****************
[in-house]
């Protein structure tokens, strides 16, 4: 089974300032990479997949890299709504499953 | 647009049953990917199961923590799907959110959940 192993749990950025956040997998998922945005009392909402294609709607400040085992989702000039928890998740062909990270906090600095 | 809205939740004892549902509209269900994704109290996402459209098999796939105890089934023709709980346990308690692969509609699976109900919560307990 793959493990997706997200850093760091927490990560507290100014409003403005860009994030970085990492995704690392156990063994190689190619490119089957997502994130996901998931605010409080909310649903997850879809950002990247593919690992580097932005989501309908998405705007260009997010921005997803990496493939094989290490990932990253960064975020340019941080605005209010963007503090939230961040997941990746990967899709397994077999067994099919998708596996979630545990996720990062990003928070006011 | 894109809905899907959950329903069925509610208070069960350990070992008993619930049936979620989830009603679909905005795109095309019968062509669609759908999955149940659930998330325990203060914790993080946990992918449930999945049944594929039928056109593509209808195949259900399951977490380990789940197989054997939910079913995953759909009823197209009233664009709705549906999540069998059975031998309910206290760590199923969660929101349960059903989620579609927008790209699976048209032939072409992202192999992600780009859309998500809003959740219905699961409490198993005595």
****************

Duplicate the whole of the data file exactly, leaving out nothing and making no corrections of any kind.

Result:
[in-house]
């Protein structure tokens, strides 16, 4: 089974300032990479997949890299709504499953 | 647009049953990917199961923590799907959110959940 192993749990950025956040997998998922945005009392909402294609709607400040085992989702000039928890998740062909990270906090600095 | 809205939740004892549902509209269900994704109290996402459209098999796939105890089934023709709980346990308690692969509609699976109900919560307990 793959493990997706997200850093760091927490990560507290100014409003403005860009994030970085990492995704690392156990063994190689190619490119089957997502994130996901998931605010409080909310649903997850879809950002990247593919690992580097932005989501309908998405705007260009997010921005997803990496493939094989290490990932990253960064975020340019941080605005209010963007503090939230961040997941990746990967899709397994077999067994099919998708596996979630545990996720990062990003928070006011 | 894109809905899907959950329903069925509610208070069960350990070992008993619930049936979620989830009603679909905005795109095309019968062509669609759908999955149940659930998330325990203060914790993080946990992918449930999945049944594929039928056109593509209808195949259900399951977490380990789940197989054997939910079913995953759909009823197209009233664009709705549906999540069998059975031998309910206290760590199923969660929101349960059903989620579609927008790209699976048209032939072409992202192999992600780009859309998500809003959740219905699961409490198993005595």